Maintainable Code


I watched a fairly old talk by Nicholas Zakas on Maintainable JavaScript today, and even though it's not new information by any stretch, it's certainly relevant. And you might think that maintainability has nothing to do with security, but maintainability has a substantial impact on security.

First, a couple of statements about the talk. While most of the code samples are in Javascript, and some of the discussion is specific to JavaScript, it is certainly relevant to folks writing any type of code - er. except dead-end code that will never go to production, I suppose. (Unfortunately, you may think it's not going to production, but alas it will).

He mentions the following attributes as being fundamental to maintainable code:

  • Understandable
  • Intuitive
  • Adaptable
  • Extendable
  • Debuggable

These things certainly make it easier to add security to applications that don't have it. While some believe that web application scanning and a web application firewall can cure all that ails you, they're only part of a complete solution - fixing source code and writing good code from the beginning are critical to code defensiveness.

Another couple of attributes that Nicholas didn't mention specifically (but he certainly emphasized them) are consistency and testability.

Consistency is not only making a decision about code formatting (although cosmetic things like that make code review much easier), but consistency should apply to design patterns and library use. Consistency in design patterns helps code reviewers - once they've seen a pattern and how it's used once, they can begin to see "patterns in the patterns" - when particular algorithms are used and when they're not. A code reviewer can provide a much more valuable report when the developers use the same patterns. Consistency in libraries is critical to properly tuning static analysis tools as well as making recommended solutions that fit within the one scheme of frameworks in use.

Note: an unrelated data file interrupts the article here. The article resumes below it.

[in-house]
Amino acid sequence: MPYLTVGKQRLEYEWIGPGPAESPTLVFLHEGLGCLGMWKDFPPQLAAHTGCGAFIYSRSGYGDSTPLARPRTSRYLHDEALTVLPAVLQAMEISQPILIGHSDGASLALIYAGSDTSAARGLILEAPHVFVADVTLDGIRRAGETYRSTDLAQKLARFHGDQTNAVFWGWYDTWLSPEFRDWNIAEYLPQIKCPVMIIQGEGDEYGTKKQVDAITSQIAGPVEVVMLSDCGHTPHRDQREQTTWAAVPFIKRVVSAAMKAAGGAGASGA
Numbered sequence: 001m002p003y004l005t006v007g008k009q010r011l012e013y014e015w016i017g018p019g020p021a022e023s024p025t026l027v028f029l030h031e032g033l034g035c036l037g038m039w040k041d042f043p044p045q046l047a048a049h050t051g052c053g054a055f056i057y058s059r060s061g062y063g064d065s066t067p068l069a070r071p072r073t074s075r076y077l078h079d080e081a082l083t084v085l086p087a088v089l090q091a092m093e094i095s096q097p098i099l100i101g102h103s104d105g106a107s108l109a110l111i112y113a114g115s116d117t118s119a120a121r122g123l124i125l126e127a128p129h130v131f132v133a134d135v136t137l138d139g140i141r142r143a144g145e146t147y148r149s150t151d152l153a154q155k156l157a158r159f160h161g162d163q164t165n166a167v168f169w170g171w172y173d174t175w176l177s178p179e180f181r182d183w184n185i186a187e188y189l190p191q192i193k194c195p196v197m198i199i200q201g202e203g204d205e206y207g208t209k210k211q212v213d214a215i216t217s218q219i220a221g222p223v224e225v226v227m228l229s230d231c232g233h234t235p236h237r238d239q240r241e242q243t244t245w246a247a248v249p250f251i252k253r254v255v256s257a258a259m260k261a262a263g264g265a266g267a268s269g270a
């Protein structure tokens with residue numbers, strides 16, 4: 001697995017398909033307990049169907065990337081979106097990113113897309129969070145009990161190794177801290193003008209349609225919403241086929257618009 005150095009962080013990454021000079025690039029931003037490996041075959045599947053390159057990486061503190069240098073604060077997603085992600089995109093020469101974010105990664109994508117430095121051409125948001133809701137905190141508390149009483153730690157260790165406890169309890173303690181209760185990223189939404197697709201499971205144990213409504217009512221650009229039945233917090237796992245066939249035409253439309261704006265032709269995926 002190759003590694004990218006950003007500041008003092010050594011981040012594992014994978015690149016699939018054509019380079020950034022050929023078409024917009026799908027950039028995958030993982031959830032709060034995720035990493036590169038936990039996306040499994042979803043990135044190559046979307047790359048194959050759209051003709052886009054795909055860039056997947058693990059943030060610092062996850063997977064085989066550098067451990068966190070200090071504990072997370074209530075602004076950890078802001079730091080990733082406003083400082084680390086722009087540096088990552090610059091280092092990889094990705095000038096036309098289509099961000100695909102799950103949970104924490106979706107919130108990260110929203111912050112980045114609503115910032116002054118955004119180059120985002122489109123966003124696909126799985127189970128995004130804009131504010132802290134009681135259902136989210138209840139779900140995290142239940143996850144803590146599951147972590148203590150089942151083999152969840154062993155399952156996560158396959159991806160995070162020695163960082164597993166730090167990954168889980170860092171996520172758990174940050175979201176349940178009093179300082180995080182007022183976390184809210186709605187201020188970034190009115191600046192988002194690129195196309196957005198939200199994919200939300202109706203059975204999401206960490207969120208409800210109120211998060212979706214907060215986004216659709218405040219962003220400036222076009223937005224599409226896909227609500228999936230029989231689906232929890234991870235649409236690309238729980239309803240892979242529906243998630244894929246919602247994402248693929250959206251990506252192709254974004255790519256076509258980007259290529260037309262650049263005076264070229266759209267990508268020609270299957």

Before I talk about testability, I'll talk about tests. Unit tests for code are very helpful during code review because they reveal how methods are supposed to behave. Not only should unit tests test for functionality, but also boundary cases and exceptions. If a function is supposed to take a number between 1 and 1,000, what happens when 0.999 is passed or 1,001 or 1000.001? Does the function fail gracefully? These types of tests help to reveal deficiencies in the functions themselves, and are helpful in revealing the desired functionality of those components. So if code is written in a way that it can't properly be tested (say, it's hard-wired to production data sources), there's a good guarantee that the tests are not being written or executed. And if they're not being written or executed, then you're missing two components - the guarantees that negative cases fail gracefully, and the external technical documentation about the desired functionality.

It was an excellent talk, however I don't totally agree with him on all points - most notably the use of closures. While I agree that closures don't solve everything, in many languages, they actually help the readability and understandability of the code. Simple is generally better, and closures properly applied can greatly simplify logic. (Yes, they can be mis-applied). And I'm undecided on extending objects you don't own. Javascript strings need a trim() function, and I've become pretty fond of Groovy - and it adds lots of functions I didn't know I needed (many of which take a closure as an argument).

So, go watch the video. And figure out where you can make things more maintainable. But like in all things - take small steps.